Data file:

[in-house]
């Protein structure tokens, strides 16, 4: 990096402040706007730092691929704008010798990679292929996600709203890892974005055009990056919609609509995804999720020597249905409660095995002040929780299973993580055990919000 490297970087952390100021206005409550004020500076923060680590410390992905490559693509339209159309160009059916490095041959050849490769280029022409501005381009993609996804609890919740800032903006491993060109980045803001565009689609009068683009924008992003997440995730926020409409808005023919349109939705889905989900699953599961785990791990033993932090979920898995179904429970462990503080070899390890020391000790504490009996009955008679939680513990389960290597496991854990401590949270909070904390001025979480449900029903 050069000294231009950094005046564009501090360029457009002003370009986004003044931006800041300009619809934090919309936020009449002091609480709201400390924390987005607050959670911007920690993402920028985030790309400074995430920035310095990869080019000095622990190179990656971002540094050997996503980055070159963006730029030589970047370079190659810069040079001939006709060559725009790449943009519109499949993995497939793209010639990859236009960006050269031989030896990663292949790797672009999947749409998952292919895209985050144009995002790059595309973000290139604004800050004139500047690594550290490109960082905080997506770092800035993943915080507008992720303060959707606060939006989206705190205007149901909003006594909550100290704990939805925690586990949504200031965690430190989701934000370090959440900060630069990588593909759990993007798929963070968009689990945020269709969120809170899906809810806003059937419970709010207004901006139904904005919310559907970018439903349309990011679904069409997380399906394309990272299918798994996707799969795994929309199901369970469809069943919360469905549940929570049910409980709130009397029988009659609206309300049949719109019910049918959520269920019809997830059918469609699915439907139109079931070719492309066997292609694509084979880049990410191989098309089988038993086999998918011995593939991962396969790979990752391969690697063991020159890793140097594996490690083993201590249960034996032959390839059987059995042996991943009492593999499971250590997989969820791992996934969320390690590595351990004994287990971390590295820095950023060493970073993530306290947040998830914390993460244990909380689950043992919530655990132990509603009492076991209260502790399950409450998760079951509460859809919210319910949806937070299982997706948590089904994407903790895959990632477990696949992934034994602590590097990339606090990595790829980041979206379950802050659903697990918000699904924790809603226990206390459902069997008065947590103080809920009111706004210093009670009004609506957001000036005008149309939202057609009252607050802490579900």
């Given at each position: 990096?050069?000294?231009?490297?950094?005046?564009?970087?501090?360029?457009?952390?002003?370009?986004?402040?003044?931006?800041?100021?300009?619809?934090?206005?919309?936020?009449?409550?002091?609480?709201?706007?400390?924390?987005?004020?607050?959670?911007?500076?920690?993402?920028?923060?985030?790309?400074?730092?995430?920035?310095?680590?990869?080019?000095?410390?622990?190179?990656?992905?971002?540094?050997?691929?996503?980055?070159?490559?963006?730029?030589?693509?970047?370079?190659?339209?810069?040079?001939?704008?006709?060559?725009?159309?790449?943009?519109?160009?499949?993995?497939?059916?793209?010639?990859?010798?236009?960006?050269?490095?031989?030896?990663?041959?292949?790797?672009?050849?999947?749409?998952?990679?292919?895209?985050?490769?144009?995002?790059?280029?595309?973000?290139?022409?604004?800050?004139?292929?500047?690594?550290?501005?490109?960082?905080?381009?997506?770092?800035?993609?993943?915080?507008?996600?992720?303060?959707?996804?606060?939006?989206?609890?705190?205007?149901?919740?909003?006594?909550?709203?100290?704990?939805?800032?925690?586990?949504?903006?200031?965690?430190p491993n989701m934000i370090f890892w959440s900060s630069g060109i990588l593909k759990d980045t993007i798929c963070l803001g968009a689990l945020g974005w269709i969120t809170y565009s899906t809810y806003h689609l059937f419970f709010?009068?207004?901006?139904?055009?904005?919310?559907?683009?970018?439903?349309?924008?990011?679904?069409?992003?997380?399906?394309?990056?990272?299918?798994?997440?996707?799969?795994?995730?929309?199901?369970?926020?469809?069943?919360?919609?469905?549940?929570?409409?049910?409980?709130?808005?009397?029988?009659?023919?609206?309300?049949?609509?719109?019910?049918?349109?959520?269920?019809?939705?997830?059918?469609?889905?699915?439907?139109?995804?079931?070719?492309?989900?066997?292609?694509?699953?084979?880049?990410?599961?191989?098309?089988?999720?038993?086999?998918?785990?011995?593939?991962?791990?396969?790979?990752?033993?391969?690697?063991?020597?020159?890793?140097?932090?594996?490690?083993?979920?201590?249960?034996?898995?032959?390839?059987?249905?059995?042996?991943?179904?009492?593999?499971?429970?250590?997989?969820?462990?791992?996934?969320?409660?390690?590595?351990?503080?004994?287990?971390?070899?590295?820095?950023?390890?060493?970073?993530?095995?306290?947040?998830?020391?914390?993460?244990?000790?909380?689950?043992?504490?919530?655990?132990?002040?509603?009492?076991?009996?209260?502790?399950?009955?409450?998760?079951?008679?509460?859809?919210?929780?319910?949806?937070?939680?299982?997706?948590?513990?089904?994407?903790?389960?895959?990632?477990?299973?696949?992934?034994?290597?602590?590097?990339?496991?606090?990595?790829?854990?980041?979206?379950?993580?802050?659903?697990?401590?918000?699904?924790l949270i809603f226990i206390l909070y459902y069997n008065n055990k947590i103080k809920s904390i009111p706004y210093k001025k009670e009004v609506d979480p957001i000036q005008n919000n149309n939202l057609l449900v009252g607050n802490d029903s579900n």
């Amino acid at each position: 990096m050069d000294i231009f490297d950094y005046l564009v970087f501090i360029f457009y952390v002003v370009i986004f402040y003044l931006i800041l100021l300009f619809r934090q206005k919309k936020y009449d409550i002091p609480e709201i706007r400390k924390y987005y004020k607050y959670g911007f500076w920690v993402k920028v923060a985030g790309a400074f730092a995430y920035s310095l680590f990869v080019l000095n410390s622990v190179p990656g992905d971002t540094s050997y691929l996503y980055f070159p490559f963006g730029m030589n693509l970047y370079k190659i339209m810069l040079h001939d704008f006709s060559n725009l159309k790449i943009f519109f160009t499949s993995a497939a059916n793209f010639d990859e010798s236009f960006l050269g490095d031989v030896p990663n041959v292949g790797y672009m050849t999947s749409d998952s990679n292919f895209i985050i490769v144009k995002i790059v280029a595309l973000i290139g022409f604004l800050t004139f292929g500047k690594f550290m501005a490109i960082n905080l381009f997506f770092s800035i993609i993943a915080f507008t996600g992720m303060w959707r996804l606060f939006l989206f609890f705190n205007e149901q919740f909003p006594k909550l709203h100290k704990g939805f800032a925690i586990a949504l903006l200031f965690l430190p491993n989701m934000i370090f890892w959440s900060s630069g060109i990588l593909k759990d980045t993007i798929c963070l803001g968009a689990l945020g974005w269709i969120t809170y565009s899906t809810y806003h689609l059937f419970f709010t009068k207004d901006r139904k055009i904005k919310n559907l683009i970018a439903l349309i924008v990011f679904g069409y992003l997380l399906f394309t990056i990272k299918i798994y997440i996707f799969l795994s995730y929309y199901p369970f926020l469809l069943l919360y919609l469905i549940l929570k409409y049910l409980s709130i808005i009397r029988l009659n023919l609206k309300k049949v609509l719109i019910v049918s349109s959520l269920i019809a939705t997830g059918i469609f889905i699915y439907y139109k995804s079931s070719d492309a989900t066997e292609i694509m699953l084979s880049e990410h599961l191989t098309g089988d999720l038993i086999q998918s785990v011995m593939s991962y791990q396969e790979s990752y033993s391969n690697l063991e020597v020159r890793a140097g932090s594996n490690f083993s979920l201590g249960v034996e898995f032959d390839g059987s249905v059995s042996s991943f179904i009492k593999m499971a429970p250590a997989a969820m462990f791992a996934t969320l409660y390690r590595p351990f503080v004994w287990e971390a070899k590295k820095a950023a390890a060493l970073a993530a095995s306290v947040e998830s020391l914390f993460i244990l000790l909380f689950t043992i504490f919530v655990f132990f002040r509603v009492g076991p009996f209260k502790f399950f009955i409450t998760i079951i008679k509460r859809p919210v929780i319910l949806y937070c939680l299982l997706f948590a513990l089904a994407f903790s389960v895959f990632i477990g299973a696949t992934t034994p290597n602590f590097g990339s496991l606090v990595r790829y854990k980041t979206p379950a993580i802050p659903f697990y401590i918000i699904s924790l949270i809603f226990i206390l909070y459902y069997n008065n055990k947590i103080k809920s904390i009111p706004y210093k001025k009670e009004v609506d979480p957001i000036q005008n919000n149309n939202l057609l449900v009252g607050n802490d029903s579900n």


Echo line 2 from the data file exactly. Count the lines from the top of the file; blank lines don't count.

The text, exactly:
């Protein structure tokens, strides 16, 4: 990096402040706007730092691929704008010798990679292929996600709203890892974005055009990056919609609509995804999720020597249905409660095995002040929780299973993580055990919000 490297970087952390100021206005409550004020500076923060680590410390992905490559693509339209159309160009059916490095041959050849490769280029022409501005381009993609996804609890919740800032903006491993060109980045803001565009689609009068683009924008992003997440995730926020409409808005023919349109939705889905989900699953599961785990791990033993932090979920898995179904429970462990503080070899390890020391000790504490009996009955008679939680513990389960290597496991854990401590949270909070904390001025979480449900029903 050069000294231009950094005046564009501090360029457009002003370009986004003044931006800041300009619809934090919309936020009449002091609480709201400390924390987005607050959670911007920690993402920028985030790309400074995430920035310095990869080019000095622990190179990656971002540094050997996503980055070159963006730029030589970047370079190659810069040079001939006709060559725009790449943009519109499949993995497939793209010639990859236009960006050269031989030896990663292949790797672009999947749409998952292919895209985050144009995002790059595309973000290139604004800050004139500047690594550290490109960082905080997506770092800035993943915080507008992720303060959707606060939006989206705190205007149901909003006594909550100290704990939805925690586990949504200031965690430190989701934000370090959440900060630069990588593909759990993007798929963070968009689990945020269709969120809170899906809810806003059937419970709010207004901006139904904005919310559907970018439903349309990011679904069409997380399906394309990272299918798994996707799969795994929309199901369970469809069943919360469905549940929570049910409980709130009397029988009659609206309300049949719109019910049918959520269920019809997830059918469609699915439907139109079931070719492309066997292609694509084979880049990410191989098309089988038993086999998918011995593939991962396969790979990752391969690697063991020159890793140097594996490690083993201590249960034996032959390839059987059995042996991943009492593999499971250590997989969820791992996934969320390690590595351990004994287990971390590295820095950023060493970073993530306290947040998830914390993460244990909380689950043992919530655990132990509603009492076991209260502790399950409450998760079951509460859809919210319910949806937070299982997706948590089904994407903790895959990632477990696949992934034994602590590097990339606090990595790829980041979206379950802050659903697990918000699904924790809603226990206390459902069997008065947590103080809920009111706004210093009670009004609506957001000036005008149309939202057609009252607050802490579900």